Jul 10, 2018 | Techcelerate Ventures |
1Q 2018 An enormous $28.2B invested in 1Q, besting the previous decade high by more than $4B Page 4 The definitive review of the US venture capital ecosystem covering 1Q and beyond Though 1Q exits were slow, the pace is expected to increase as IPOs heat up and corporations use tax breaks for acquisitions Page 26 SoftBank’s Vision Fund has made a splash. Now VCs are gearing up for a battle with mega-funds of their own Page 29 In partnership with Credits & Contact PitchBook Data, Inc. JOHN GABBERT Founder, CEO ADLEY BOWDEN Vice President, Research & Analysis Content NIZAR TARHUNI Associate Director, Research & Analysis KYLE STANFORD Analyst CAMERON STANFILL Analyst JOELLE SOSTHEIM Analyst MASAUN NELSON Data Analyst JENNIFER SAM Senior Graphic Designer RESEARCH email@example.com National Venture Capital Association (NVCA) BOBBY FRANKLIN President & CEO MARYAM HAQUE Senior Vice President of Industry Advancement BEN VEGHTE Vice President of Communications & Marketing Contact NVCA nvca.org firstname.lastname@example.org Silicon Valley Bank GREG BECKER Chief Executive Officer MICHAEL DESCHENEAUX President TRACY ISACKE Head of Corporate Relationship Management BOB BLEE Head of Corporate Finance MATT TROTTER Managing Director of Hardware and Frontier Tech Contact Silicon Valley Bank svb.com email@example.com Perkins Coie BUDDY ARNHEIM Partner, Emerging Companies & Venture Capital FIONA BROPHY Partner, Emerging Companies & Venture Capital CHARLES E. TORRES Partner, Emerging Companies & Venture Capital Contact Perkins Coie perkinscoie.com startuppercolator.com Solium KEVIN SWAN VP Corporate Development JEREMY WRIGHT Head of Private Markets STEVE LIU Head of Solium Analytics JERON PAUL CEO, Capshare Contact Solium solium.com Executive summary 3 Overview 4 Angel/seed 7 First financings 8 Solium: Cap table analytics can provide transparency to an opaque industry 9 Early-stage VC 10 Late-stage VC 11 Perkins Coie: Key points for client capital needs and liquidity in today’s venture landscape 12 Activity by region 14 Activity by sector 16 SVB: Advanced manufacturing: Can a cobot help you with that? 17 Life sciences 18 Corporate VC 19 Q&A: As tech disrupts traditional industries, corporations boost startup investment 21 Growth equity 23 SVB: What public market fluctuations signal for venture dealmaking 25 Exits 26 Fundraising 29 1Q league tables 32 Methodology 35 Contents 2 1Q 2018 PITCHBOOK-NVCA VENTURE MONITOR Executive Summary 3 1Q 2018 PITCHBOOK-NVCA VENTURE MONITOR After an active 2017 for investment in US venture-backed companies, momentum in capital deployed continued in the first quarter of 2018 while the pace of companies receiving capital continued to decelerate. A total of 1,683 venture-backed companies raised $28.2 billion in funding during 1Q 2018, marking the fourth consecutive quarter of more than $20 billion deployed to venture-backed companies and the highest amount of capital deployed in a single quarter since at least 2006. In 1Q, 17 unicorns (i.e., companies valued at $1 billion+) attracted a combined $7.2 billion, over one-quarter of total capital deployed to venture-backed companies, the second-highest quarterly deal value share we have tracked. This new normal of sustained rise in capital deployment and fewer completed deals is a continued trend from 2017. Fewer companies receiving funding and at higher valuations has in turn corresponded with increased median deal sizes across all stages. In 1Q, the median early-stage deal reached $9.2 million and median late-stage deal reached $15 million, increases of 3.1x and 2.1x, respectively, compared to just five years ago. Increasing deal sizes across all stages of the company growth cycle can be partly attributed to the sustained momentum in venture capital fundraising over the last several years, which has resulted in a combined $160 billion raised since 2014, including $7.9 billion raised in 1Q 2018. Norwest Venture Partners’ $1.5 billion fund XIV and General Catalyst’s $1.375 billion fund IX were the largest of the 54 venture funds holding a final close. While the total amount of capital raised and number of funds closing in the first quarter—for both new and established firms—was light compared to recent quarters, several prominent venture firms are currently in the market raising funds with multibillion-dollar targets, suggesting a pickup in pace as 2018 unfolds. When factoring in these efforts to raise larger venture capital funds, as well as the ever- increasing role of the $100 billion SoftBank Vision Fund, some investors expect overall investment into venture-backed companies to reach—and perhaps even surpass—the post-dot-com record from 2017. In addition to rising expectations for another year of historical investment activity, optimism is also high for a strengthening exit environment that will bring long-awaited liquidity to venture investors and LPs alike. In the first quarter, there were 144 disclosed venture-backed M&A transactions, led by Amazon’s $1.2 billion acquisition of smart security device company Ring. While venture- backed M&A activity was flat compared to the end of 2017, many investors expect the repatriation provision and the lower corporate rate included in the recently passed tax reform package to provide corporations with additional capital to make strategic acquisitions of venture-backed companies, which may boost M&A activity in the months ahead. A strong 4Q 2017 for venture-backed IPOs signaled continued optimism for 2018, which for the most part played out in the first quarter. In 1Q 2018, there were 15 venture-backed IPOs, led by storage platform Dropbox’s NASDAQ listing on March 23, which raised $756 million at an $8.2 billion valuation. With a recent string of successful enterprise tech IPOs like Dropbox in 2018 and Okta, MongoDB and Mulesoft in 2017, and a healthy pipeline of venture-backed companies readying for IPOs, some investors believe that 2018 will likely be the strongest year for IPO activity in recent memory. Beyond the exit environment, two other areas the industry will continue to closely monitor in 2018 are: 1) the SEC crackdown on initial coin offerings (ICOs), which surfaced in 2017 as a potential disruptor of the venture investment model; and 2) proposed legislation that would affect foreign investment into venture funds and startups, which could result in a costly and opaque process and a burden on the ecosystem. 4 1Q 2018 PITCHBOOK-NVCA VENTURE MONITOR $37.0$27.0$31.2$44.6$41.6$47.0$71.4$81.8$75.3$82.9$28.24,707 4,465 5,378 6,734 7,865 9,226 10,467 10,558 8,824 8,652 1,693 2008 2009 2010 2011 2012 2013 2014 2015 2016 2017 2018* Deal Value ($B) # of Deals Closed 0 500 1,000 1,500 2,000 2,500 3,000 $0 $5 $10 $15 $20 $25 $30 1Q 3Q 1Q 3Q 1Q 3Q 1Q 3Q 1Q 3Q 1Q 3Q 1Q 3Q 1Q 3Q 1Q 3Q 1Q 3Q 1Q 2008 2009 2010 2011 2012 2013 2014 2015 2016 2017 2018 Deal Value ($B) # of Deals Closed Angel/Seed Early VC Later VC Overview With over $28 billion invested into the US venture ecosystem, 2018 is pacing to extend the trends we’ve grown accustomed to over the last few years of total capital invested figures soaring to unprecedented levels. While the top-line count of completed financings declined significantly on a quarterly basis in 1Q, we maintain our conviction around the health of investment activity as evidenced by the stability seen in completed financings at both the early and late stage. The primary driver of the decline in round counts can be attributed to the angel market, which has continued to see the pace of investment decline rapidly since mid-2015. However, we see the proliferation of pre-seed investment activity as a key driver in the market that can be rather elusive from a data perspective as many of these deals happen under the radar. Thus, activity across some of the earliest stages of investment activity may be understated, and we think entrepreneurs are finding novel avenues to finance new ideas and business ventures. Late-stage activity remains poised for another notable company fundraising year. Unicorn activity represented over 21% of all venture capital invested in the US in 2017, with more than $17.5 billion* deployed into companies valued over $1 billion during the period. Through the first quarter of 2018, activity in that subset of the market remains on track to surpass 2017’s record total. Investors have piled roughly $5 billion in net new* capital into such companies, accounting for over 18% of all capital invested in the US last quarter. More invested in 1Q 2018 than in full-year 2009 US VC activity 1Q marks fourth consecutive quarter with more than $20B invested US VC activity PitchBook-NVCA Venture Monitor *As of 3/31/2018 PitchBook-NVCA Venture Monitor *two rounds previously closed in 4Q have been adjusted to a 1Q 2018 close due to more capital being added 5 1Q 2018 PITCHBOOK-NVCA VENTURE MONITOR PE continues to be highly involved US VC activity with PE participation Strong start to year for unicorns US unicorn activity PitchBook-NVCA Venture Monitor *As of 3/31/2018 PitchBook-NVCA Venture Monitor *As of 3/31/2018 **Amount includes $2.5 billion from two rounds originally closed in 4Q 2017 While late-stage investments in unicorn companies have become more prominent given the growing age of privately held businesses, round sizes of $1 billion+ certainly have not. That said, 1Q alone saw three such transactions close, with both Lyft and Faraday Future holding final closes on rounds launched in 4Q at $1.7 billion and $1.5 billion, respectively, and Uber closing a $1.25 billion round. For comparison, 2017 in its entirety saw just three completed financings of $1 billion or more. Moving forward, we think rounds of this magnitude will still remain outliers. Moreover, as behemoths such as Uber tap investors for massive rounds, one item that should be noted is that not all of that money is primary capital being used to fund operations. Rather, an increased proportion of some of these rounds represents secondary capital where certain investors and employees are finding avenues to generate liquidity as hold periods have lengthened and exit processes have been delayed. Last, private equity continues to play an increasing role in the venture market. $8.5 billion worth of transactions last quarter involved PE investors, the highest figure we’ve tracked since mid-2012, despite these firms participating in just 8% of VC financings. On the exit front, the proportion of completed VC-backed sales to PE declined relative to what we saw in 2017, during which the highest percentage of exits were completed to PE firms that we’ve ever tracked. Given we are still early in the year, however, we fully expect to see increased activity by PE groups in the venture markets similar to what we saw in 2017 for the following reasons. Through the first quarter of the year, 15% of all completed PE transactions were done in the software space, which is up relative to the 12% number we’ve seen historically. Further, the PE transaction ecosystem continues to support such deals, particularly as companies have been able to establish recurring revenue, cashflow positive and cash-efficient software businesses that fit nicely with the debt structures PE firms typically utilize to complete leveraged buyouts. As roughly 40% of all venture transactions consistently occur in the software space, the venture markets will continue to provide a fertile sourcing ground for PE firms looking to locate quality software targets. Early-stage rounds grow in size by roughly 50% Median deals size ($M) by stage PitchBook-NVCA Venture Monitor *As of 3/31/2018 $11.0$6.8$6.6$12.2$9.1$9.9$19.3$26.6$25.7$23.1$8.5663 451 424 515 556 619 749 764 652 642 139 2008 2009 2010 2011 2012 2013 2014 2015 2016 2017 2018* Deal Value ($B) # of Deals Closed $6.6$2.4$2.6$13.6$17.0$18.6$17.5$7.2**7 7 9 28 24 23 71 81 55 75 17 2008 2009 2010 2011 2012 2013 2014 2015 2016 2017 2018* Deal Value ($B) # of Deals Closed $1.0 $1.4 $6.0 $9.2 $11.1 $15.0 $0 $2 $4 $6 $8 $10 $12 $14 $16 2008 2009 2010 2011 2012 2013 2014 2015 2016 2017 2018* Angel/Seed Early VC Late VC ©2018 SVB Financial Group. All rights reserved. Silicon Valley Bank is a member of the FDIC and the Federal Reserve System. SVB, SVB FINANCIAL GROUP, SILICON VALLEY BANK, MAKE NEXT HAPPEN NOW and the chevron device are trademarks of SVB Financial Group, used under license. For 35 years, Silicon Valley Bank has been at the intersection of innovation and capital. We provide unique access to insights and strategies for companies of all sizes, in innovation centers around the world. All designed to help you find what’s next. svb.com The insights you need to discover what’s next. 7 1Q 2018 PITCHBOOK-NVCA VENTURE MONITOR $449$407$394$669$675$629$541$750$849$1,115$1,253$871$1,462$1,086$1,344$1,555$1,289$1,416$2,045$1,846$2,061$2,146$2,109$1,936$1,671$1,714$1,719$1,548$1,587$1,690$1,895$1,808$1,6240 200 400 600 800 1,000 1,200 1,400 1,600 $0 $500 $1,000 $1,500 $2,000 $2,500 1Q 2Q 3Q 4Q 1Q 2Q 3Q 4Q 1Q 2Q 3Q 4Q 1Q 2Q 3Q 4Q 1Q 2Q 3Q 4Q 1Q 2Q 3Q 4Q 1Q 2Q 3Q 4Q 1Q 2Q 3Q 4Q 1Q 2010 2011 2012 2013 2014 2015 2016 2017 2018 Deal Value ($B) # of Deals Closed Angel & seed activity drops US angel & seed activity Angel & seed PitchBook-NVCA Venture Monitor *As of 3/31/2018 PitchBook-NVCA Venture Monitor $0.58 $0.86 $1.69 $2.20 $0.0 $0.5 $1.0 $1.5 $2.0 $2.5 2008 2009 2010 2011 2012 2013 2014 2015 2016 2017 2018* Angel Seed Median seed deal surpasses $2M Median US angel & seed deal size ($M) Despite deal count across the angel/ seed market continuing to decline, deal value at the stage has remained relatively heightened. The $1.6 billion raised in 1Q marks the 15th straight quarter that more than $1.5 billion was invested into angel/ seed deals. In fact, no less than $1 billion has been invested in the stage during each quarter since 4Q 2012. Prior to that period, the $1 billion mark had only been reached three times in our datasets. Seed deals have reached a median transaction size of $2.2 million and a median post-money valuation of $10.7 million, far and away the largest we have recorded. Record-sized seed funds continue to underpin capital availability at the stage. For instance, Sequoia Capital closed a $180 million seed fund in January, while Khosla Ventures has announced it is raising a $400 million seed vehicle as well. In addition, we have seen various other firms continue investing in seed deals despite running $1 billion+ vehicles. While writing seed-sized checks could appear as a peculiar strategy for some of the larger funds, the Dropbox IPO serves as a good example of why such transactions can still be a valuable portion of a larger firm’s investment strategy. To illustrate, Sequoia realized around $2 billion from Dropbox’s IPO, a company it has held in its portfolio since participating in its 2007 seed round. The heightened deal sizes and valuations are also being driven up by the continued aging of companies raising early-stage institutional capital. The median age of companies raising angel & seed funding in 1Q came in at three years post founding, older than the median age of a company raising a Series A round in 2014, and nearly double the age of a company raising an angel/seed deal in 2011. This shift in age isn’t so much of a trend as it is a change to the traditional investment timeline. Many startups require less capital for operation than before, specifically many software companies that can run cloud servers and hire freelancers until full-time engineers are necessary. This in turn allows businesses to be more developed when first engaging institutional investors, garnering larger deals and valuations. 8 1Q 2018 PITCHBOOK-NVCA VENTURE MONITOR $1.4$1.0$1.0$1.2$1.9$1.3$1.5$1.5$1.6$2.1$1.9$1.5$2.1$1.6$1.5$2.0$1.8$1.7$2.2$2.0$2.0$2.4$2.1$2.3$1.8$1.7$2.0$1.6$1.8$2.1$1.6$2.0$2.40 200 400 600 800 1,000 1,200 $0 $0.5 $1.0 $1.5 $2.0 $2.5 $3.0 1Q 2Q 3Q 4Q 1Q 2Q 3Q 4Q 1Q 2Q 3Q 4Q 1Q 2Q 3Q 4Q 1Q 2Q 3Q 4Q 1Q 2Q 3Q 4Q 1Q 2Q 3Q 4Q 1Q 2Q 3Q 4Q 1Q 2010 2011 2012 2013 2014 2015 2016 2017 2018 Deal Value ($B) # of Deals Closed First financings 0 2,000 4,000 6,000 8,000 10,000 12,000 2008 2009 2010 2011 2012 2013 2014 2015 2016 2017 2018* First Financings Follow-on Financings First financings continue to decline First financing vs. follow-on deal by count The number of startups receiving their first round each year has slowly declined US first-financing activity $0 $10 $20 $30 $40 $50 $60 $70 $80 $90 2008 2009 2010 2011 2012 2013 2014 2015 2016 2017 2018* First Financings Follow-on Financings Angel/seed deals have fallen furthest US first-financing VC rounds (#) by stage PitchBook-NVCA Venture Monitor *As of 3/31/2018 PitchBook-NVCA Venture Monitor *As of 3/31/2018 PitchBook-NVCA Venture Monitor 9 1Q 2018 PITCHBOOK-NVCA VENTURE MONITOR Cap table analytics can provide transparency to an opaque industry Companies like Capshare are releasing large descriptive data sets about startup cap tables for the first time. The data, based on thousands of cap tables, provides an insider view of how equity is actually structured in startups. The data show that cap tables evolve in fairly predictable ways as the company grows. For example, employee ownership decreases from 100% at founding to approximately 70% in the seed round and starts to level off around 38% by Series C financings. Employee ownership (and by extension, investor ownership) is so predictable that it almost perfectly fits a log trend line. This math can help both VCs and founders understand typical dilution, as well as calm jittery founders by helping them to understand that although they will likely experience significant dilution, they can also still expect very high personal returns in the end. Other predictable aspects of cap tables include option pools. Option pools are typically set up before seed rounds are completed. Once they are established, they typically hover around 15% of the total capitalization of the company (including issued and unissued options) throughout the startup’s lifecycle. Unissued options decrease slightly as a proportion of total options as the company grows—but only just slightly. Capshare data shows that Series A companies have on average 6% of the total capitalization of the company available for new hires, while Series C companies have only 3%. But cap table data also revealed a few surprises, especially around waterfall analysis. Waterfall analysis takes an assumed value of the company as an input and then shows you exactly what amount of that value each shareholder would be entitled to receive. For example, you could assume a company is worth whatever its last post-money valuation was and then run a waterfall analysis. When we did this we found a tale of two kinds of startups. Generally, startup averages are often skewed upward by the highest performing startups, and that is true in waterfall values as well. Th graph on the right shows aggregate waterfall value to founders based on the stage of company. When looking at both the mean value and the median value, the mean value will be much more affected by the higher performing startups, while median is probably a truer representation of a typical startup. As the graph points out, the median founder waterfall value plateau around Series B and doesn’t really increase much after. However, for those founders in highly successful startups, the value of their shares continues to grow rapidly as the company moves further along the venture lifecycle. Since 1999, Solium has been simplifying the complexities of equity plans through smarter software, remarkable service and trusting relationships. Our Shareworks platform is loved by emerging private companies as well as public enterprises. And more than 10,000 early-stage companies rely on our products and valuation services. Why Solium? Trust a company that manages the equity plans and cap tables of companies that are launching rockets into space, building self-driving cars, disrupting the food delivery business and changing the way we get around. Solium has offices in North America, UK & EMEA and Asia Pacific. Visit us at solium.com. 100% 73% 60% 43% 37% 36% 0% 20% 40% 60% 80% 100% 120% Common Seed Series A Series B Series C Series D+ Median Log. (Median) Employees dilute quickly Employee ownership by stage 1% 7% 7% 8% 11% 11% 9% 7% 6% 8% 6% 4% 3% 5% 0% 2% 4% 6% 8% 10% 12% 14% 16% Common Common + Convertibles Seed Series A Series B Series C Series D+ Unissued Issued 15% option pool typical Issued & unissued options by stage Founder median peaks early Aggregate founder waterfall values ($M) by stage $2.8 $2.0 $5.0 $16.8 $19.5 $24.7 $42.0 $0 $5 $10 $15 $20 $25 $30 $35 $40 $45 Common Common + Convertibles Seed Series A Series B Series C Series D+ Average Median Jeron Paul, Founder and CEO, Capshare Source: Capshare Source: Capshare Source: Capshare 10 1Q 2018 PITCHBOOK-NVCA VENTURE MONITOR Early-stage VC $2.9$2.5$2.6$2.5$3.3$2.9$3.5$3.8$3.0$3.6$3.1$3.1$3.5$3.7$3.4$4.4$4.6$5.1$5.0$5.5$4.9$7.3$6.3$6.2$6.2$6.5$6.1$5.0$5.7$6.7$7.8$9.5$9.90 100 200 300 400 500 600 700 800 900 $0 $2 $4 $6 $8 $10 $12 1Q 2Q 3Q 4Q 1Q 2Q 3Q 4Q 1Q 2Q 3Q 4Q 1Q 2Q 3Q 4Q 1Q 2Q 3Q 4Q 1Q 2Q 3Q 4Q 1Q 2Q 3Q 4Q 1Q 2Q 3Q 4Q 1Q 2010 2011 2012 2013 2014 2015 2016 2017 2018 Deal Value ($B) # of Deals Closed 0% 10% 20% 30% 40% 50% 60% 70% 80% 90% 100% 20082009201020112012201320142015201620172018*$25M+ $10M- $25M $5M- $10M $1M- $5M $500K- $1M Under $500K 0% 10% 20% 30% 40% 50% 60% 70% 80% 90% 100% 20082009201020112012201320142015201620172018*$25M+ $10M- $25M $5M- $10M $1M- $5M $500K- $1M Under $500K 81 deals of at least $25M in 1Q US early-stage activity (#) by size Deals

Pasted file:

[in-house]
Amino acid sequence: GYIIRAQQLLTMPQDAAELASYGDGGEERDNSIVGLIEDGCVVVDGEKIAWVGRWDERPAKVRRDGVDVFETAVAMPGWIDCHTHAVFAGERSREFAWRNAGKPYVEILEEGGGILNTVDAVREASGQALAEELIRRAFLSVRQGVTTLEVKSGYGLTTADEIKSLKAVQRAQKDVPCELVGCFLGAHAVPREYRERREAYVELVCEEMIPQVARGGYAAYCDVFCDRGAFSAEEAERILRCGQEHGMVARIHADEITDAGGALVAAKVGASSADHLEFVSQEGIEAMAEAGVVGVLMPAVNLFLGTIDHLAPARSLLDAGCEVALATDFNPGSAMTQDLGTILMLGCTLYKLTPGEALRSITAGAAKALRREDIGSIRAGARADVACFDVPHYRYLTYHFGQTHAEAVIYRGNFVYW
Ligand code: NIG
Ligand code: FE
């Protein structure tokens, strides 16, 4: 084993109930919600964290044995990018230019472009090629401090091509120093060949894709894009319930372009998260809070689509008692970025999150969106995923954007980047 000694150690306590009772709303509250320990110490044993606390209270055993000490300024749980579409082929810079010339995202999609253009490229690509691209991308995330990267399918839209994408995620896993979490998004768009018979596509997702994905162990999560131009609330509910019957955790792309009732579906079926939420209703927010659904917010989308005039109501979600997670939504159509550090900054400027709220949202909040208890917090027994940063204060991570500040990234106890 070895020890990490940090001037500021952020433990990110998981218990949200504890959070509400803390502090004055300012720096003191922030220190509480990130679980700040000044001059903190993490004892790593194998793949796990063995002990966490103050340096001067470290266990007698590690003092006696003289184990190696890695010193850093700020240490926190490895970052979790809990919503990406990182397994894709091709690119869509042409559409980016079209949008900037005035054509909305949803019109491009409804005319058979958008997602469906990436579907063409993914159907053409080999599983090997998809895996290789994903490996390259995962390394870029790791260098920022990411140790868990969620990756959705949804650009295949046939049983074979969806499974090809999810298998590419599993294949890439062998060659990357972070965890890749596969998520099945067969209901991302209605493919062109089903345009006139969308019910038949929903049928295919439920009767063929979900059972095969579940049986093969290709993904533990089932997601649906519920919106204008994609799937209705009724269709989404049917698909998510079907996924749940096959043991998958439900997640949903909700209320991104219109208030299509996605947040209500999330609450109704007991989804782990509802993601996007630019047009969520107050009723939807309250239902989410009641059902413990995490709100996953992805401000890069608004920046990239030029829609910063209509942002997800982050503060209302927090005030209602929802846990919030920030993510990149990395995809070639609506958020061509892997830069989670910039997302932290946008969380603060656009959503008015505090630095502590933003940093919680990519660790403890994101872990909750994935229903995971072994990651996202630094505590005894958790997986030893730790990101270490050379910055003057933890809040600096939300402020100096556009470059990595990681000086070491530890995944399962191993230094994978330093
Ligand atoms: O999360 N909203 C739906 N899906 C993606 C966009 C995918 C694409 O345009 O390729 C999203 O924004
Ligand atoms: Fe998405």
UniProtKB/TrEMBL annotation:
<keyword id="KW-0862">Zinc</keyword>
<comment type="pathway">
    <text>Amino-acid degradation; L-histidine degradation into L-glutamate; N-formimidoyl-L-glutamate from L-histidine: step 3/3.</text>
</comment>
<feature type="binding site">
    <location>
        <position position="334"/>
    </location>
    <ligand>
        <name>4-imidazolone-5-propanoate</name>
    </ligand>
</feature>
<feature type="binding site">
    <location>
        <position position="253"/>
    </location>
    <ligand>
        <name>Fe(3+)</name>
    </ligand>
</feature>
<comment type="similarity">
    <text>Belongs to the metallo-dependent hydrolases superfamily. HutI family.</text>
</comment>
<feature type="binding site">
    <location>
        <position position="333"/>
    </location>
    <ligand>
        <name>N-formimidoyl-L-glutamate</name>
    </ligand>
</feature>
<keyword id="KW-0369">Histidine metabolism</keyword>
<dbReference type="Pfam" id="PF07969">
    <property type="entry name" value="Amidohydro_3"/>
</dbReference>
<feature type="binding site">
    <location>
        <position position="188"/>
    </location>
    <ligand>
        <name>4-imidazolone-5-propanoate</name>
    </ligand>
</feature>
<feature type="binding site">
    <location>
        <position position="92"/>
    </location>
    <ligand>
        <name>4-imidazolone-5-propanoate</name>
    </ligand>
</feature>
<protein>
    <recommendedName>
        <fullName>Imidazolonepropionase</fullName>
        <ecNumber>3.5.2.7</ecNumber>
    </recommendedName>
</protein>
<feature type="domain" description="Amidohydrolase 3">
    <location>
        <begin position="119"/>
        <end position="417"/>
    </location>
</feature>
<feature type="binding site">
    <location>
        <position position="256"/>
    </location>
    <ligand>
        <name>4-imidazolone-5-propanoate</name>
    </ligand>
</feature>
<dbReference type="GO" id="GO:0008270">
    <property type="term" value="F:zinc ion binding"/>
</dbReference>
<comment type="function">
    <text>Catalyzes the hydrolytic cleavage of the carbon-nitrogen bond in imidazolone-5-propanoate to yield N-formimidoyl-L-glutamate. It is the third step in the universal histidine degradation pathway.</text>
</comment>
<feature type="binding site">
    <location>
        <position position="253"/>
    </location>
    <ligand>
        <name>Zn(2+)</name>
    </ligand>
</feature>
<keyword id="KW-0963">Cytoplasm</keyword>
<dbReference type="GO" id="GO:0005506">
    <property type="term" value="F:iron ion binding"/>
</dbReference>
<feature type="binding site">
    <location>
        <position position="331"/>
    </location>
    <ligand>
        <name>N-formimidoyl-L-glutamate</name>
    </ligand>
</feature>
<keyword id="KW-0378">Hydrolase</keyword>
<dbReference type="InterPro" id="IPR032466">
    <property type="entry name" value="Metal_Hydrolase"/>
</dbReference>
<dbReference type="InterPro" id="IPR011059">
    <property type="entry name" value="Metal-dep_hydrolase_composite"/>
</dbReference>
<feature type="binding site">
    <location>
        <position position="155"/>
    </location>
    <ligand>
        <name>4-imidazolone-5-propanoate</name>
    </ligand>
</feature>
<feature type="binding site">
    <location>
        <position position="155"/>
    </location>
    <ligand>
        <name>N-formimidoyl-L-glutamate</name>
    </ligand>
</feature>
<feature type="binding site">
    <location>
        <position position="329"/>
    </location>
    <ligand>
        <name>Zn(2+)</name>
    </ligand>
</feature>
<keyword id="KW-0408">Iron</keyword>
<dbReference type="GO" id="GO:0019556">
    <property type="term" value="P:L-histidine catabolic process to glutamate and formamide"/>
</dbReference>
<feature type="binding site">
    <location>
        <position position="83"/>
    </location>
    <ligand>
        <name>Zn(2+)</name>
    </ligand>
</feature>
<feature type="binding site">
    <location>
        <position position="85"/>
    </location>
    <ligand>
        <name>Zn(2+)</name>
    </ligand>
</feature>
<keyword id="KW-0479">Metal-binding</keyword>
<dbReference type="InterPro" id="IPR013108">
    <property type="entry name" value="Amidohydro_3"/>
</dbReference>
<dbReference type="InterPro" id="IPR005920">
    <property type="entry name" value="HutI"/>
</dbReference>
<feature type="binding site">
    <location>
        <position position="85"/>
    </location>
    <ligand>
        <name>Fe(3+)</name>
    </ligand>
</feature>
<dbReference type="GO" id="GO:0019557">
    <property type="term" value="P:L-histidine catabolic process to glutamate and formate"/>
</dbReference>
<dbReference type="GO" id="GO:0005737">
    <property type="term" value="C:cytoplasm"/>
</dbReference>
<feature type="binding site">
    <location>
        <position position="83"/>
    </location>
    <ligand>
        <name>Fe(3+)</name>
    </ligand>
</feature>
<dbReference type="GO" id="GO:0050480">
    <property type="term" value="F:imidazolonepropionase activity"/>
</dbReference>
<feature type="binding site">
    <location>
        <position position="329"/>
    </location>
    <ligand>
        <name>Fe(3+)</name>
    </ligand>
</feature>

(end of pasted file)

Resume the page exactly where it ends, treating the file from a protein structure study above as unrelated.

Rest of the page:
After an active 2017 for investment in US venture-backed companies, momentum in capital deployed continued in the first quarter of 2018 while the pace of companies receiving capital continued to decelerate. A total of 1,683 venture-backed companies raised $28.2 billion in funding during 1Q 2018, marking the fourth consecutive quarter of more than $20 billion deployed to venture-backed companies and the highest amount of capital deployed in a single quarter since at least 2006.